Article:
CANADA GETS SERIOUS ABOUT RADON
Health Canada is poised to tighten up guidelines for radon gas levels in indoor air, to a level four times more stringent than current guidelines. It could mean that radon testing will become mandatory in future real estate transactions, and that building codes for new homes will be upgraded.
Critics say that Canada should have adopted the stricter guidelines in the 1980s, when the United States and other countries around the world set their radon guidelines. But Health Canada says that “until recently, there was no evidence providing a direct link between radon levels in the home and lung cancer.” The ministry says that, “However, in 2005, two independent scientific studies performed in Europe and North America showed that lung cancer risks extend to levels of radon found in some homes depending on the length of time an individual is exposed to it.”
Canada’s current guideline of 800 becquerels per cubic metre is the second highest allowed in the world. The new proposal would set the level at 200 becquerels, which is the same as the United Kingdom, Australia, Norway, Spain and several other companies. The toughest guideline is in the United States, at 150 becquerels.
Fergal Nolan, president of the Radiation Safety Institute of Canada, told media outlets that he asked Health Canada to match the U.S. guidelines back in 1988, but that the ministry didn’t take the threat seriously.
However, Health Canada says there was no conclusive evidence before 2004 that radon levels in buildings were directly linked to lung cancer. Now, it acknowledges that radon can pose a serious health risk.
Radon is an odourless radioactive gas that occurs naturally in the environment. It is caused by the natural breakdown of uranium in soils and rocks. In the open air it does not pose a health risk, but in an enclosed space such as a mine or a basement, breathing in radon decay products can lead to lung cancer.
The Health Canada report estimates that lung cancers from radon exposure account for about 10 per cent of all lung cancers, second only behind smoking. It says an estimated 1,600 lung cancer deaths in 2000 can be attributed to radon. “The number of radon-induced lung cancers is about one-half of the deaths due to automobile accidents, and is equal to the combined total of deaths due to accidental poisonings, homicides, drownings and fires,” says the Health Canada report. “In any other situation, this number of deaths would certainly justify a major public health initiative.”
Radon can seep into a house through dirt floors, cracks in concrete walls and floors, sumps, basement drains, and through concrete block walls. Radon levels are higher in some geographic areas than others, and Health Canada is current working on a mapping system to identify the hottest radon zones.
However, predicting which houses have radon and which ones don’t is difficult. “Factors such as the location of the house and its relation to the prevailing wind may be just an important as the source of the radon,” says the Health Canada report. Radon levels can vary from season to season, with the highest levels usually recorded during winter.
One estimate says that about 175,000 Canadian homes, or almost three per cent of single-family homes, have radon levels above the proposed new guideline of 200 becquerels, and will need to be repaired to ensure the safety of its occupants.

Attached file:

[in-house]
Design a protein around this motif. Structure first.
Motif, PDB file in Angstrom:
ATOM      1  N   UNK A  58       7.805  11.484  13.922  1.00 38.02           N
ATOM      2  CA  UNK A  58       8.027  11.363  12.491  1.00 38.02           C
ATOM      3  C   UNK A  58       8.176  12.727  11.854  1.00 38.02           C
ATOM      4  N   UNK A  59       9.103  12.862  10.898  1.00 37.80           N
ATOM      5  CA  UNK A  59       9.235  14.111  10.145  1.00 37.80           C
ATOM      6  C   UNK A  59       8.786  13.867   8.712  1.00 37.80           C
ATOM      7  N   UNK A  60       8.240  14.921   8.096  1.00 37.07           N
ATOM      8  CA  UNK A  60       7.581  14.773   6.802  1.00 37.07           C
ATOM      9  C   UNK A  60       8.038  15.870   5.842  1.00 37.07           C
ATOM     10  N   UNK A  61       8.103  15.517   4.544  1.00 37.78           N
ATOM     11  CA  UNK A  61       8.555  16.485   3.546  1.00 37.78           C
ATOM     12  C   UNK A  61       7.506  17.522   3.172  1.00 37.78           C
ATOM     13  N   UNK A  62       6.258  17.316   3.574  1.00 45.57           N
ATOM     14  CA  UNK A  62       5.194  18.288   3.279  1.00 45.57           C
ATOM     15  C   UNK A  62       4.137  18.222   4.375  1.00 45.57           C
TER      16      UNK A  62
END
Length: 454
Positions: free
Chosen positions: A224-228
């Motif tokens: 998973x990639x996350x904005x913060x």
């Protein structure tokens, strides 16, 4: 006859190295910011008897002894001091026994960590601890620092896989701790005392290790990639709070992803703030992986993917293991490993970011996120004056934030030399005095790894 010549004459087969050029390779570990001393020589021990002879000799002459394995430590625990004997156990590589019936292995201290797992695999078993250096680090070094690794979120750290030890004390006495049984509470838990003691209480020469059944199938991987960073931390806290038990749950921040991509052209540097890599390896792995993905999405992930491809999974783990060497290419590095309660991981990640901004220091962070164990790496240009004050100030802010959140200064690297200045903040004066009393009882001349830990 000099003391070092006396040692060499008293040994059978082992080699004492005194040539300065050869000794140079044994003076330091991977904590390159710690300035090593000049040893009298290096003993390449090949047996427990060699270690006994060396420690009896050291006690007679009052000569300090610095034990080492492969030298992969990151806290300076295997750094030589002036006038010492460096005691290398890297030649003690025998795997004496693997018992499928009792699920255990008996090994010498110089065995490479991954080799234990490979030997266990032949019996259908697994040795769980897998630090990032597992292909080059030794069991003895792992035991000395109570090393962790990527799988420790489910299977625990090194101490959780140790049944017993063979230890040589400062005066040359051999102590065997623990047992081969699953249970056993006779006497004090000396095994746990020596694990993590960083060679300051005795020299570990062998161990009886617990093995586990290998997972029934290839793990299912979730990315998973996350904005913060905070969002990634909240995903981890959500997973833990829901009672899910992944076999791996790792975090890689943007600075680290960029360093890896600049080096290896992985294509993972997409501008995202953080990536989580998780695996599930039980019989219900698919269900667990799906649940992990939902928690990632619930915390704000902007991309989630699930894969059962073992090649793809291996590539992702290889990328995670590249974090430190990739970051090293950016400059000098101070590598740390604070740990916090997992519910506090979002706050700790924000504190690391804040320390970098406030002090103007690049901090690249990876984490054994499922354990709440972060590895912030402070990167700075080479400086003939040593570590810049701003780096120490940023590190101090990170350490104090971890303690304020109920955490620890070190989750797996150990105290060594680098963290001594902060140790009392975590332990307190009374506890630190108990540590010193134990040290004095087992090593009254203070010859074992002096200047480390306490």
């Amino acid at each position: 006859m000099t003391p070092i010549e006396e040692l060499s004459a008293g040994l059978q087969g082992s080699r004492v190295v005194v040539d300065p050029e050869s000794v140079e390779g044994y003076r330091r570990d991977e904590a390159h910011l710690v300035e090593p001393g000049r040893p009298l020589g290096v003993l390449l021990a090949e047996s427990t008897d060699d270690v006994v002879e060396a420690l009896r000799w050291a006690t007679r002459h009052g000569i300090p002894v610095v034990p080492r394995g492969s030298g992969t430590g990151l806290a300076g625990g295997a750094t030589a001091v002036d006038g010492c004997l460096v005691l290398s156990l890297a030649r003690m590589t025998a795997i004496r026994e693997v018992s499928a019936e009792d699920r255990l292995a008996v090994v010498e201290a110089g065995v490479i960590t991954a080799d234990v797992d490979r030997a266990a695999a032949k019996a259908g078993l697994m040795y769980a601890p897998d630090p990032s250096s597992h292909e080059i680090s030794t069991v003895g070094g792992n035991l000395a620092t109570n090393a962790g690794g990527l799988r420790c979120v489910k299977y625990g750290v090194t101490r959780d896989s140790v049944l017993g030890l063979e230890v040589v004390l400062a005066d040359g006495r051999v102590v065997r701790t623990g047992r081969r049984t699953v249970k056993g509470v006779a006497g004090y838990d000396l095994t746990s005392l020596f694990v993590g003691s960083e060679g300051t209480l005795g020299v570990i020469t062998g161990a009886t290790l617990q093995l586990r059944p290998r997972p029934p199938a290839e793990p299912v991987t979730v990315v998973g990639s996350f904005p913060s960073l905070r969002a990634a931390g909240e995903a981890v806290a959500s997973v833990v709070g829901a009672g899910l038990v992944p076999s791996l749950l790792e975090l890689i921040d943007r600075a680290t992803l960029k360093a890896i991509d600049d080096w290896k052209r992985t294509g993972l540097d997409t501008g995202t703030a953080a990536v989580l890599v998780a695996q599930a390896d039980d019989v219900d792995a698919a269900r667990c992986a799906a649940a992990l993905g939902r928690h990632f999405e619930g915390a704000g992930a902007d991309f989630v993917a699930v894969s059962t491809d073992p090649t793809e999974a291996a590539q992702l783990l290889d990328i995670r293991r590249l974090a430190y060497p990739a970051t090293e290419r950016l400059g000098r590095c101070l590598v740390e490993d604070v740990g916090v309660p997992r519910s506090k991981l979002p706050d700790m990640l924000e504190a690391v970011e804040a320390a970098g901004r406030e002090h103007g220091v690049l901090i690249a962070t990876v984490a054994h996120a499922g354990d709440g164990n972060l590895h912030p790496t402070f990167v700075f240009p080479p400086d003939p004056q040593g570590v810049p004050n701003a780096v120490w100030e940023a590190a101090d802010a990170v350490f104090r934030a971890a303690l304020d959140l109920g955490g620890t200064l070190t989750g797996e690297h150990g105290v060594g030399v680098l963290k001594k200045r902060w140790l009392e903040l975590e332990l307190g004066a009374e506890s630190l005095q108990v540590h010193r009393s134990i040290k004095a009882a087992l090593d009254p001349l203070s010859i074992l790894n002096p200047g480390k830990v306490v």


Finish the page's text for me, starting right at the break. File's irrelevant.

In discussing the implementation of the proposed guidelines, the Health Canada report says several Canadian companies currently offer radon testing services, and the average cost is about $50 per test. It says that a national certification program should be considered to ensure that testing standards are determined and enforced.
For houses that require work, the average “mitigation” cost would be about $1,200 per house, says the report.
“Active soil depressurization has been found to be the most effective and reliable radon reduction technique in existing homes,” says the report. “This method involves installing a vent pipe through the basement floor slab or connecting it to the foundation drain tiles through the sump. A fan which runs continuously is connected to the vent pipe. This reverses the air pressure difference between the house and the soil, so that air flows from the house into the soil, preventing soil gas entry, and reducing concentrations of soil gas, including radon, next to the foundation.”
The report says open sumps should be fitted with airtight covers with special traps that allow water to drain, but prevent radon from entering the basement. Major gaps in the basement floor or in the top of foundation and interior load-bearing walls should be sealed, as should minor cracks in foundation walls and floors. Other gaps around utility penetrations should be sealed. Exposed soil in a crawlspace should be covered by a barrier with sealed edges and joints, says the report.
“What is required for testing services also applies in large measure to builders and contractors providing radon mitigation services. Standards and guidelines need to be developed and this includes revisions to national, provincial, and local building codes. These guidelines could be more rigorously enforced in radon-prone areas,” says the report. “The approach here is not to over-regulate the building industry, but to provide it with the knowledge and tools needed to play an effective role in radon mitigation.”
The report says that “a combination of radon-resistant requirements in new homes and mandatory testing of existing homes could lead to virtually complete compliance with the new Canadian radon guidelines within a decade.”
For more information about radon in the home, download Radon: A Guide for Canadian Homeowners, produced jointly by Canada Mortgage and Housing Corp. and Health Canada.
Published: August 24, 2006
By Jim Adair